Journal article Open Access

Study of the diagnostic and therapeutic challenges in patients with coexistent chronic obstructive pulmonary disease and chronic heart failure

Samir Rafla; Ali Hassan Aboelhoda; Rania Ahmed Swied; Azza Ahmed Khamis; Mohamed Saeed Elhoshy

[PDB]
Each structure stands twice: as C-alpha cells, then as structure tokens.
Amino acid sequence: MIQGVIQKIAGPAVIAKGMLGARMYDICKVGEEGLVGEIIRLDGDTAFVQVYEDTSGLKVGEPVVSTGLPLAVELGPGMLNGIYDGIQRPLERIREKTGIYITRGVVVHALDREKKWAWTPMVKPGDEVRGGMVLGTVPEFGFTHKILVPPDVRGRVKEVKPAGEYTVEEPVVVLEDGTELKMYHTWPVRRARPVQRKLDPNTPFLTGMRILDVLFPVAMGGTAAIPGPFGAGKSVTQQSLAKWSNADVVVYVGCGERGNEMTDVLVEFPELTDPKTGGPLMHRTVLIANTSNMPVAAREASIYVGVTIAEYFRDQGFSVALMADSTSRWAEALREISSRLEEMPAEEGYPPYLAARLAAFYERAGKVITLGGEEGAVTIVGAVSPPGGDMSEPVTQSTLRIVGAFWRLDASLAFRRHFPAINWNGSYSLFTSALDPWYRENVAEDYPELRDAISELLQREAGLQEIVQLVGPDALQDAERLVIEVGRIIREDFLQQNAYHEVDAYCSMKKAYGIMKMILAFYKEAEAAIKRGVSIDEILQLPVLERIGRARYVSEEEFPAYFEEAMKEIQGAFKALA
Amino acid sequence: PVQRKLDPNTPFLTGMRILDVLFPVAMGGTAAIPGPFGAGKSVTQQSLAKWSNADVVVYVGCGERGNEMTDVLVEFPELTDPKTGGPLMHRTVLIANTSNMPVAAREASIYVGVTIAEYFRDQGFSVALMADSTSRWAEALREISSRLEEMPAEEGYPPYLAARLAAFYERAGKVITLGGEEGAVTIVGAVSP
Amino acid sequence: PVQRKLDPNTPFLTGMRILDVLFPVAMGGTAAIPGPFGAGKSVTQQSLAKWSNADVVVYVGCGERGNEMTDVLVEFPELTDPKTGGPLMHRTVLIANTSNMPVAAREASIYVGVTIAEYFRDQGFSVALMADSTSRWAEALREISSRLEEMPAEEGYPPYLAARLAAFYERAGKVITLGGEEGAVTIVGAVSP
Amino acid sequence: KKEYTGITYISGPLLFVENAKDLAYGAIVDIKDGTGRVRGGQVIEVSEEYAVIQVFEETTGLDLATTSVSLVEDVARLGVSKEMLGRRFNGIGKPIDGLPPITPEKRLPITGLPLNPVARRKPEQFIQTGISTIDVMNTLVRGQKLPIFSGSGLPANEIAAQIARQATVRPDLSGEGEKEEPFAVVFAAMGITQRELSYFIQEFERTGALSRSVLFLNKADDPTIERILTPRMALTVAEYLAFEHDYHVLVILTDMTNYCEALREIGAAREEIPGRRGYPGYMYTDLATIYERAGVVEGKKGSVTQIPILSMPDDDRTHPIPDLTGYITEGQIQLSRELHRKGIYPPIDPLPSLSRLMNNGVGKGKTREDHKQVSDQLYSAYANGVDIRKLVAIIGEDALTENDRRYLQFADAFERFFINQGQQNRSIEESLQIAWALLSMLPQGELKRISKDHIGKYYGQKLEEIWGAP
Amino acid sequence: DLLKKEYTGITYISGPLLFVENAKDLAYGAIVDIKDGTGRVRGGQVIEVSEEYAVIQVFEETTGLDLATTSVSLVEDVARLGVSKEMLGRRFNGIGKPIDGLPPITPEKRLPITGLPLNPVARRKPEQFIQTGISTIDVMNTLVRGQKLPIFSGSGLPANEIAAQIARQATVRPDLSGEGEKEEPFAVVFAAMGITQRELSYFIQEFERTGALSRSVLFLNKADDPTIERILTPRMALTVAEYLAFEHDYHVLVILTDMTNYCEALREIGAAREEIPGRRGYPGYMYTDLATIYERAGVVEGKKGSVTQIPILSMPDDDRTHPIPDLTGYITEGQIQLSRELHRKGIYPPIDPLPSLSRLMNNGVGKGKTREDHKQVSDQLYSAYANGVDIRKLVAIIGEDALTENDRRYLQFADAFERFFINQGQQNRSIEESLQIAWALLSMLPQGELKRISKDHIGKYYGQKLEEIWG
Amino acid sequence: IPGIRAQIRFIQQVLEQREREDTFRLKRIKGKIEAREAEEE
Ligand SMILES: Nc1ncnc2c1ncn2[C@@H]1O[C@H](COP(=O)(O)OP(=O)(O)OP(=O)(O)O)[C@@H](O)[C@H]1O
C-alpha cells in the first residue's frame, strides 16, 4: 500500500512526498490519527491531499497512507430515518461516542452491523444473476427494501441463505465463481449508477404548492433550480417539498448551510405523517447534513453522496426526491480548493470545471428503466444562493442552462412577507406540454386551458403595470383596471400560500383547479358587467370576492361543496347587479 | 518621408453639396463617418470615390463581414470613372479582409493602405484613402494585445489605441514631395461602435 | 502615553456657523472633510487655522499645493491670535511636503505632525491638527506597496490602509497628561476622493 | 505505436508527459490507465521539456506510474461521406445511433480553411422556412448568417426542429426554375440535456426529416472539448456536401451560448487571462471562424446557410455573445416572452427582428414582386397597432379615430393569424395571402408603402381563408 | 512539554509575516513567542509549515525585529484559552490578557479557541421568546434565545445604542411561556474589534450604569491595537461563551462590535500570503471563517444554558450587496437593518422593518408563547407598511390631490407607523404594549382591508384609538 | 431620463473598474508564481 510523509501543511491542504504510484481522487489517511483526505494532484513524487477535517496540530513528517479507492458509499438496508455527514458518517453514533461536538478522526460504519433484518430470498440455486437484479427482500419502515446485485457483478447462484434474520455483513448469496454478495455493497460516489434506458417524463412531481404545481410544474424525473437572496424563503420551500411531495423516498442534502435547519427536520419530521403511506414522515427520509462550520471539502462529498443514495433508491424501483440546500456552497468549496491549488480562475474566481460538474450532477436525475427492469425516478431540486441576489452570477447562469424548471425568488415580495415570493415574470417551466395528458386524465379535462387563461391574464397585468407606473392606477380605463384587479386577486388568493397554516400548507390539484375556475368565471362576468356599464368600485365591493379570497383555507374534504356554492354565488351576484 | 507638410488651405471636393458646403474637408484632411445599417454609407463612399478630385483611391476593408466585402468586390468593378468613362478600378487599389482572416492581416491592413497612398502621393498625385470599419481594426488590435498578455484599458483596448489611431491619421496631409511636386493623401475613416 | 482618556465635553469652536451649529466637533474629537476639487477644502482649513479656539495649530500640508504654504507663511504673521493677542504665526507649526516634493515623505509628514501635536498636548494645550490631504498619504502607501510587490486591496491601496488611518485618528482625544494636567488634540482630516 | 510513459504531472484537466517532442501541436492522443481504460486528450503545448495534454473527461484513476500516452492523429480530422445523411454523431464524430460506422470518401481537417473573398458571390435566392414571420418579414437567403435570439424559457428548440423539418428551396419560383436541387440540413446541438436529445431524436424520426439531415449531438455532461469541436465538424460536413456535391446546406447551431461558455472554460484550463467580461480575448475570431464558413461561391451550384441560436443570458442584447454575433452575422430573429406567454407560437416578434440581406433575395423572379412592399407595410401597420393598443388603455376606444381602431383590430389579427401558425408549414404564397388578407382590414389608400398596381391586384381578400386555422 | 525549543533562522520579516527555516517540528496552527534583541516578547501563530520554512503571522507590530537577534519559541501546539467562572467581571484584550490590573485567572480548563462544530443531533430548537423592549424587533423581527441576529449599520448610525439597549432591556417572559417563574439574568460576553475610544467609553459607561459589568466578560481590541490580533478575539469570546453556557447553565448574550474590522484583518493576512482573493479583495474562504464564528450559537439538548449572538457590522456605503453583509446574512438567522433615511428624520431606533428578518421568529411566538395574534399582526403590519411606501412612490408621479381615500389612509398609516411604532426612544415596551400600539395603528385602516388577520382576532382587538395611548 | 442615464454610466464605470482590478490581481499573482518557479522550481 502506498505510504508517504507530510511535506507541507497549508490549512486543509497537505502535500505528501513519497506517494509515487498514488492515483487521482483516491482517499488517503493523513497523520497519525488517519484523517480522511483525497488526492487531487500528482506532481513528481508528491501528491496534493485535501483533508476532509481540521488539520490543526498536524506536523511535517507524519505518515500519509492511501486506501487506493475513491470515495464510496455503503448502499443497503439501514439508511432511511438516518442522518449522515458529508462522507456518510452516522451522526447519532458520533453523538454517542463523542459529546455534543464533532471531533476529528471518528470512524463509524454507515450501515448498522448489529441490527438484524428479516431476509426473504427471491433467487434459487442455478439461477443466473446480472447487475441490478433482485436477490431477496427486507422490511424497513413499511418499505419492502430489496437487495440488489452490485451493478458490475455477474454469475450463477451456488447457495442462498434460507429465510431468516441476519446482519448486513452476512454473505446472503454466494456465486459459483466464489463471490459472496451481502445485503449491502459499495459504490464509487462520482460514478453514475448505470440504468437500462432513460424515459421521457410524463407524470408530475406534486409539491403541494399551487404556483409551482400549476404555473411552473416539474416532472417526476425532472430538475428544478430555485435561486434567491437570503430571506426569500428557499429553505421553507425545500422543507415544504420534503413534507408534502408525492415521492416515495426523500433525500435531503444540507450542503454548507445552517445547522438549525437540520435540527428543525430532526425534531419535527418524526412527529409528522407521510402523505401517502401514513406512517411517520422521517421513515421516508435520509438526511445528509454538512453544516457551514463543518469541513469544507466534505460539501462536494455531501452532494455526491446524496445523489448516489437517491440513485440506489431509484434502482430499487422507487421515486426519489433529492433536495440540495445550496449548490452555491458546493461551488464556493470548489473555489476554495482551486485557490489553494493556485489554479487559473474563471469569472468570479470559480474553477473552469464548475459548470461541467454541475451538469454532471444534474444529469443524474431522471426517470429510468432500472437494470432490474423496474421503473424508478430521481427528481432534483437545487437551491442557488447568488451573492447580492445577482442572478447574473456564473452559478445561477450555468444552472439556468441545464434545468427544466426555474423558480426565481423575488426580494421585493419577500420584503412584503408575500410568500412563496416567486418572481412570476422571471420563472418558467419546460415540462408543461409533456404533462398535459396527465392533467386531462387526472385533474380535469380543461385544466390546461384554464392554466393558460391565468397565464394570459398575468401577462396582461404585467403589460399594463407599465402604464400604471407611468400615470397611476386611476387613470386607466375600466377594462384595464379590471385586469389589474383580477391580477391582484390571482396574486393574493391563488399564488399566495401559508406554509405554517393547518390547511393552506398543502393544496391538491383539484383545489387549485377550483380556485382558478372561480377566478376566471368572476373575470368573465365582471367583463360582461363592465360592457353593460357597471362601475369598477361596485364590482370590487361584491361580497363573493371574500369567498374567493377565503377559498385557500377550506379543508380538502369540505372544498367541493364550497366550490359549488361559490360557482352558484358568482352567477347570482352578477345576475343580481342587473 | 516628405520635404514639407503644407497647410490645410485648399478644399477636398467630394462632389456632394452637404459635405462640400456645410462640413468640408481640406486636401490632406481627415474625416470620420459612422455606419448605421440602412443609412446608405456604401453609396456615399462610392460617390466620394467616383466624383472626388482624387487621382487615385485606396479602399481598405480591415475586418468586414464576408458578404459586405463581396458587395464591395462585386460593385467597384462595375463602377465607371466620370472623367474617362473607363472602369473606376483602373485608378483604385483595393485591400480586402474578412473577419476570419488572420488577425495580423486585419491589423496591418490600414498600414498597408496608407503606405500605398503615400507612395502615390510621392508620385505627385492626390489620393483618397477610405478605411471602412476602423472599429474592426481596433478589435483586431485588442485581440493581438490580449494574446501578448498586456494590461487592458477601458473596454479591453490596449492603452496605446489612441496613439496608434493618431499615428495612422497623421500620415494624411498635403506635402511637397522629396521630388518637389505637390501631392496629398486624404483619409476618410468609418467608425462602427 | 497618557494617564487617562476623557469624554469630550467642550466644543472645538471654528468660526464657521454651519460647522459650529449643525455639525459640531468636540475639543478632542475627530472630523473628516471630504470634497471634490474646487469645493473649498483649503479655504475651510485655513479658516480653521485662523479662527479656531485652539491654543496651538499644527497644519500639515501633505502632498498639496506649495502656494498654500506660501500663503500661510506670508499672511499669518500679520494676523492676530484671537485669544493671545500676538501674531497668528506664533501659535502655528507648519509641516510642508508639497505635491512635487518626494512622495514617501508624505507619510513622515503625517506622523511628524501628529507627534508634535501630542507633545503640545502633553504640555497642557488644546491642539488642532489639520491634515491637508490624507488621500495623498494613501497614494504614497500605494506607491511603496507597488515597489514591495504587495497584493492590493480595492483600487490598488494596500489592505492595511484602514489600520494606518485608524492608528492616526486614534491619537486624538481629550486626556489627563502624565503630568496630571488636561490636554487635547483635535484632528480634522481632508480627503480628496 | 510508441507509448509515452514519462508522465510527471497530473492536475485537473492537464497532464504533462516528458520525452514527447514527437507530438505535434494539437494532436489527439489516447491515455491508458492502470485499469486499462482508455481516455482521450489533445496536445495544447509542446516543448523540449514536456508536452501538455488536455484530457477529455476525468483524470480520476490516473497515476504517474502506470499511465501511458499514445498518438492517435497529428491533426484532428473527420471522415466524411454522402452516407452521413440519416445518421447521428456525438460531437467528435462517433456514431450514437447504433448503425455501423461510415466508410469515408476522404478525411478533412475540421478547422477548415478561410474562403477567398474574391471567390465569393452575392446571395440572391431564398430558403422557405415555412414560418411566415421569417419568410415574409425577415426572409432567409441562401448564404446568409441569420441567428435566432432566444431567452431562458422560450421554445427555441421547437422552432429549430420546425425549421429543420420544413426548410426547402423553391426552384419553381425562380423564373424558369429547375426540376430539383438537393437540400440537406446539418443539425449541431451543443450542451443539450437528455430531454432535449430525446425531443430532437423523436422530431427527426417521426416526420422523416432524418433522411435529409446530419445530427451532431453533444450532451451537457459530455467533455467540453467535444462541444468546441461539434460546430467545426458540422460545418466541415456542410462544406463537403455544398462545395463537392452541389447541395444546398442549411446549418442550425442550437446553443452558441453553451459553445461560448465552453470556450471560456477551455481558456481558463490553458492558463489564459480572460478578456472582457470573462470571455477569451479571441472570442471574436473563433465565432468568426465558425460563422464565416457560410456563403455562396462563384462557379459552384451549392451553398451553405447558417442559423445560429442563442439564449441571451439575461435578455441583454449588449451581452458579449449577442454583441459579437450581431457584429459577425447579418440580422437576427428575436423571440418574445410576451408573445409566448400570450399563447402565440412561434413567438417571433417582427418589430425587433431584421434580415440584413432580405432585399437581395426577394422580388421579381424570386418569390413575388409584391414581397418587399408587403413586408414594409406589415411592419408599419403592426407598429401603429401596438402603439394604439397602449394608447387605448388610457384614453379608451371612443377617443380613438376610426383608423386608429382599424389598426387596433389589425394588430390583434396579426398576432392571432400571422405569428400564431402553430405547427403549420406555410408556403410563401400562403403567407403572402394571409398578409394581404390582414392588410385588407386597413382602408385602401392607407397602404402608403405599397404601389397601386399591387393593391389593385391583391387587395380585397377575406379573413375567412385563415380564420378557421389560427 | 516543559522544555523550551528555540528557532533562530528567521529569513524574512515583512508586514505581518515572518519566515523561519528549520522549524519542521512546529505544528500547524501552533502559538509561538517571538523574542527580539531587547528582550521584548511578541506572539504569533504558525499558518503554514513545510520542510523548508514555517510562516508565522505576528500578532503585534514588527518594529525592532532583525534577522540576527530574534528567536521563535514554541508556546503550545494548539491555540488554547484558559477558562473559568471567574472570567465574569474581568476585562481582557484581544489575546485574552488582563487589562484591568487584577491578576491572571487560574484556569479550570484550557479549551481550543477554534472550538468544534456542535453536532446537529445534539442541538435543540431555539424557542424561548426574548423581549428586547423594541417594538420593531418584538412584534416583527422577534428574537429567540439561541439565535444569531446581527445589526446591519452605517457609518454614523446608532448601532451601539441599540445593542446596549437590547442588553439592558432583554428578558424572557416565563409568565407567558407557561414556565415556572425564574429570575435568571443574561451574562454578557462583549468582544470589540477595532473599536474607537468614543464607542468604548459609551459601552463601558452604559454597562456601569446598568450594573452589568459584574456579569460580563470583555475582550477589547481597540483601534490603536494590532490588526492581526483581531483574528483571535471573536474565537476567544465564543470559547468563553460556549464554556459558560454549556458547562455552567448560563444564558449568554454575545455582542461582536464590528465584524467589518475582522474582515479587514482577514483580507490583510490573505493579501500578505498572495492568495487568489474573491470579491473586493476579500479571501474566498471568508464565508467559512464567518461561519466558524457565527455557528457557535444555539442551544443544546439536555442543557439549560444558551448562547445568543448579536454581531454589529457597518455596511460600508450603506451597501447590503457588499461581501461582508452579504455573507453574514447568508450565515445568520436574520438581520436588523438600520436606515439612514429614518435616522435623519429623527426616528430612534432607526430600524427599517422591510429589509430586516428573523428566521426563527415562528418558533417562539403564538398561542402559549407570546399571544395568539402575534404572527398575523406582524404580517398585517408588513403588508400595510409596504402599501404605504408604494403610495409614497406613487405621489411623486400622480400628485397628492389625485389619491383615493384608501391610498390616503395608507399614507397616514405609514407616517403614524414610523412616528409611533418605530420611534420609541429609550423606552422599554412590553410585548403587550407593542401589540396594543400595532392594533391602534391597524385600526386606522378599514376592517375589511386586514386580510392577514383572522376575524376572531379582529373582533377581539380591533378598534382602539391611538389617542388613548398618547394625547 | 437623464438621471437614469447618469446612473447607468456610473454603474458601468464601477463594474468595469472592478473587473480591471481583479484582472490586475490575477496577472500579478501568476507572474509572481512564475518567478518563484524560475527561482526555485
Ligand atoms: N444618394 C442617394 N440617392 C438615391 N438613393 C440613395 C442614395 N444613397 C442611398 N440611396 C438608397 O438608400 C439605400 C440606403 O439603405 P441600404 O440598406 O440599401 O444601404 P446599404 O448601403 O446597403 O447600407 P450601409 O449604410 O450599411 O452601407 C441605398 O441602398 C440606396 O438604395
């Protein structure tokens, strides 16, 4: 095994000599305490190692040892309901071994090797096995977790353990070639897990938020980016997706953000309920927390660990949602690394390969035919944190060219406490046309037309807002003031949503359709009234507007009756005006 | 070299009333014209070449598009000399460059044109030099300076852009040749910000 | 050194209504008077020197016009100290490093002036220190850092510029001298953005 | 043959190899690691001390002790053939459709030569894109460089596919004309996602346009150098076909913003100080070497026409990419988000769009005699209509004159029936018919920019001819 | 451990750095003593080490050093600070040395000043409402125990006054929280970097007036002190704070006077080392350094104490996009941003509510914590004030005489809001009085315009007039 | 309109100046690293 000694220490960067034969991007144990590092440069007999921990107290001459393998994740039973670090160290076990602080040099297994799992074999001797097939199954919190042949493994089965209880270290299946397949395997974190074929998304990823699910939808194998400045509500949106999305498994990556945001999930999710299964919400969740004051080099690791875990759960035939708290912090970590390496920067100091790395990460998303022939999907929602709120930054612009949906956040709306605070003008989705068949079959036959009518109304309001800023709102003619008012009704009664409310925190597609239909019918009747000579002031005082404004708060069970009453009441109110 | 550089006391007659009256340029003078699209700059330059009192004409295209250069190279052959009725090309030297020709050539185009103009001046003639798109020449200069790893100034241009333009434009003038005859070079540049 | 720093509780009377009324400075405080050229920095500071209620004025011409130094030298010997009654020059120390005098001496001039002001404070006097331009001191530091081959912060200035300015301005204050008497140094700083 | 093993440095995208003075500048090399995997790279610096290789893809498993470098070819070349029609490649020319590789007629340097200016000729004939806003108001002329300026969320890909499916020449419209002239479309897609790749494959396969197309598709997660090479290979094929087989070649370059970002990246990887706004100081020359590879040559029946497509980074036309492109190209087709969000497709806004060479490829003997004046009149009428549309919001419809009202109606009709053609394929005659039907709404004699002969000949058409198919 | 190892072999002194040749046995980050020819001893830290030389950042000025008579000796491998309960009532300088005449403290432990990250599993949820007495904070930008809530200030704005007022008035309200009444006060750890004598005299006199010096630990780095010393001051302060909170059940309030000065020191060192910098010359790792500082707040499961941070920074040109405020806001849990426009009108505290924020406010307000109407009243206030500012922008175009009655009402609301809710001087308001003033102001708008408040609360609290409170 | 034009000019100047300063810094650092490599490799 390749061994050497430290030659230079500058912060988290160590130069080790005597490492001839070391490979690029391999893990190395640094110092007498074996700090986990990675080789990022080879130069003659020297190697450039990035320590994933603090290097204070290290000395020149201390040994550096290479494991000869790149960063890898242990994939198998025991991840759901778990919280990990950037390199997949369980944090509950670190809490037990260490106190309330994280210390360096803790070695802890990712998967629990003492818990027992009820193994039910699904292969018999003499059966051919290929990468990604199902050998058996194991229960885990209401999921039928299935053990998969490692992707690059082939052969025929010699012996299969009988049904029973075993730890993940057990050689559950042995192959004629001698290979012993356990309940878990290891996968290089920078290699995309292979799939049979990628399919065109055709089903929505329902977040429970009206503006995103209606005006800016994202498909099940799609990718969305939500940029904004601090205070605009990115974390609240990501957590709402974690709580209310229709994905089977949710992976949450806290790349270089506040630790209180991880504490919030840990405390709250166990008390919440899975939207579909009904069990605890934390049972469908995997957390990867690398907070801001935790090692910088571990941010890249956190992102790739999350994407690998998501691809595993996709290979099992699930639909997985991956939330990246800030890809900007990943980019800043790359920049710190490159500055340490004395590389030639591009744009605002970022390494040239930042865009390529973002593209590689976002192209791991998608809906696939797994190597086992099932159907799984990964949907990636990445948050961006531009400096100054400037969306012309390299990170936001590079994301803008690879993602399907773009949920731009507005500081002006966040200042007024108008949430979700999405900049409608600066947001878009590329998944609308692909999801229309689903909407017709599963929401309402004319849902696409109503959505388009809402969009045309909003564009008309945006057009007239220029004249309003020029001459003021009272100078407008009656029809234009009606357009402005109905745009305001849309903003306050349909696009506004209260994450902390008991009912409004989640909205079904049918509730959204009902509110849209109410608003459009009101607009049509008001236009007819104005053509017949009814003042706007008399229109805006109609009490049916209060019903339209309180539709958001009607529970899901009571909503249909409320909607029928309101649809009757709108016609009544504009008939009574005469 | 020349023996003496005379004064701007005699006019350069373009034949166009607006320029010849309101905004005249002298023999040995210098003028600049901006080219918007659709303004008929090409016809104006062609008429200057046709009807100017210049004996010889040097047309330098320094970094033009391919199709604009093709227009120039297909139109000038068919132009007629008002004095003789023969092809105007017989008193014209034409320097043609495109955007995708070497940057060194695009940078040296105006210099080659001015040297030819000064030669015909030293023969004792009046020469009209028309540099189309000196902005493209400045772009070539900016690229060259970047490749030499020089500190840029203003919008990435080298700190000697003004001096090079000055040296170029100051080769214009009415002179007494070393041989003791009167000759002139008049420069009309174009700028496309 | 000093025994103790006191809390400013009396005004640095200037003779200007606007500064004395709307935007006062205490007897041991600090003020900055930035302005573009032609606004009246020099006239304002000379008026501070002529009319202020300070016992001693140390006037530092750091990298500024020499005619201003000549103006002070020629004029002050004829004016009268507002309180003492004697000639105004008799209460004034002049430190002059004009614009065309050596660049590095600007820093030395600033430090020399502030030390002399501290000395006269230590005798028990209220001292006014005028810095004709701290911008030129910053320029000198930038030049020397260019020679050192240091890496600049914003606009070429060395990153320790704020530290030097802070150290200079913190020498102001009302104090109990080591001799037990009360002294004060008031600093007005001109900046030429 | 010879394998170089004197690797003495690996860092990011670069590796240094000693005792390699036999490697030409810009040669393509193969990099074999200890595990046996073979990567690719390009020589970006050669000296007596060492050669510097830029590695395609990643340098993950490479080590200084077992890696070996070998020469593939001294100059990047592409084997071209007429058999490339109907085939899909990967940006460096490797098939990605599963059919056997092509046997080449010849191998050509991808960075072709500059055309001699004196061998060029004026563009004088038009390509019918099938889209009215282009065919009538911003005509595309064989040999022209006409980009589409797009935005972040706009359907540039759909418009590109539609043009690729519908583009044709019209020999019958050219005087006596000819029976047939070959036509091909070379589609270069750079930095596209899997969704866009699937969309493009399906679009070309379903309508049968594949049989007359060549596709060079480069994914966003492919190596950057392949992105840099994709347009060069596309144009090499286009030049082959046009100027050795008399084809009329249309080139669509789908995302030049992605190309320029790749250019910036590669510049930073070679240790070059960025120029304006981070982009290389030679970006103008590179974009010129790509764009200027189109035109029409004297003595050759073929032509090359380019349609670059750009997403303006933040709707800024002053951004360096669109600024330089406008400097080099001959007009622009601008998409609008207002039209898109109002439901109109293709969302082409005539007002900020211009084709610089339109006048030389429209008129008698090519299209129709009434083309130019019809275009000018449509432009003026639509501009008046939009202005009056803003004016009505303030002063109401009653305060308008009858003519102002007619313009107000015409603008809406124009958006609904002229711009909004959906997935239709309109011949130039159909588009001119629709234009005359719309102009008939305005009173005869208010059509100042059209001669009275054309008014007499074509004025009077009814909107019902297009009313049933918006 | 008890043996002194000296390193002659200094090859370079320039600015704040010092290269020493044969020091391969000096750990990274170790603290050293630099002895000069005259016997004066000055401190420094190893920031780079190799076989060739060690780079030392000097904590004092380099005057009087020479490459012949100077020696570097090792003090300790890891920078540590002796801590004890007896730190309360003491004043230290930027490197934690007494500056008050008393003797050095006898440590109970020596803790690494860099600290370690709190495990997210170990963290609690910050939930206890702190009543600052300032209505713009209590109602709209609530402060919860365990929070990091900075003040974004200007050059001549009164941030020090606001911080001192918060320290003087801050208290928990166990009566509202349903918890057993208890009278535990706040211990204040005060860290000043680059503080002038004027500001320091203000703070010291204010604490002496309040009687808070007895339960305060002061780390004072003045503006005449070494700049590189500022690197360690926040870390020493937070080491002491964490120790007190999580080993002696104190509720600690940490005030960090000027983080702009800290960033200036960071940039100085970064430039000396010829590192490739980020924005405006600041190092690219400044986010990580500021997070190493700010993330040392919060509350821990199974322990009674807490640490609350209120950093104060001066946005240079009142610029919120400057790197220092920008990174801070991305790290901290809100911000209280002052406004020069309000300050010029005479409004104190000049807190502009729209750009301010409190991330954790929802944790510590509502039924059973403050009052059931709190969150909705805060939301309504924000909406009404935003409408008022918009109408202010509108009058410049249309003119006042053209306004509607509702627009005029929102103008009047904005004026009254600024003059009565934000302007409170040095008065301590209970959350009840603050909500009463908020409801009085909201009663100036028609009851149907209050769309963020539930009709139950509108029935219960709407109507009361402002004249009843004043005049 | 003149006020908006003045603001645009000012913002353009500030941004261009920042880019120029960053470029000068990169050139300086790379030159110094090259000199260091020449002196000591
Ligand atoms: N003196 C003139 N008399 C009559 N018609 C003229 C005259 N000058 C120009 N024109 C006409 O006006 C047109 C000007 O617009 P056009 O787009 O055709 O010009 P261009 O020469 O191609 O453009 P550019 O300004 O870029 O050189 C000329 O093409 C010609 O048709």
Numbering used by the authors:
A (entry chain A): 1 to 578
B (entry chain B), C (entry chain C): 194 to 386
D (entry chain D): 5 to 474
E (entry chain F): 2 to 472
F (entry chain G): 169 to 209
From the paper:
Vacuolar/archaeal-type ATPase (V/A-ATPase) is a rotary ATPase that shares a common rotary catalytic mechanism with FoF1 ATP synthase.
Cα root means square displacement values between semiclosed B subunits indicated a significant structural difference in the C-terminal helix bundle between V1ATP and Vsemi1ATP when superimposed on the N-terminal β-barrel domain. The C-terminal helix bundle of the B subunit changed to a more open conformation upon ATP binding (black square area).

The aim of this study was to determine the impact of chronic obstructive pulmonary disease treatment on the clinical condition of patients with heart failure. Forty Patients were enrolled in this study with chronic obstructive pulmonary disease co-existent with heart failure (EF <50%). All patients enrolled in this study were males (100%). Most of the studied patients (40%) were aged between 61 and 70 years old. Definition of COPD: when FEV1 was less than 70%. About smoking: 25 patients stopped smoking (62.5%), and 15 patients didn’t stop smoking (37.5%). Risk factors: 34 patients (pts) (85%) suffered from systolic hypertension, 18 pts (45%) suffered from diabetes, and 28 pts (70%) had dyslipidemia. All patients were smokers (97.5%) except 1 patient was passively smoking and 17 patients were NYHA class III (42.5%), 23 patients were NYHA class II. Average weight and height of studied patients was 88.1 ± 14.7kg and 172.5 ± 7.7cm respectively. Mean body mass index (weight/ (height) 2) was 29.2 ± 6kg/m2. ECG findings: Among studied patients, ischemic changes in ECG were present in 37 cases (92.5%). Improvement of COPD is associated with improvement of heart failure. Cessation of smoking is the best marker of possible improvement of both diseases. The use of sympathomimetics as inhalers or tablets had no deleterious effect on cardiac function.

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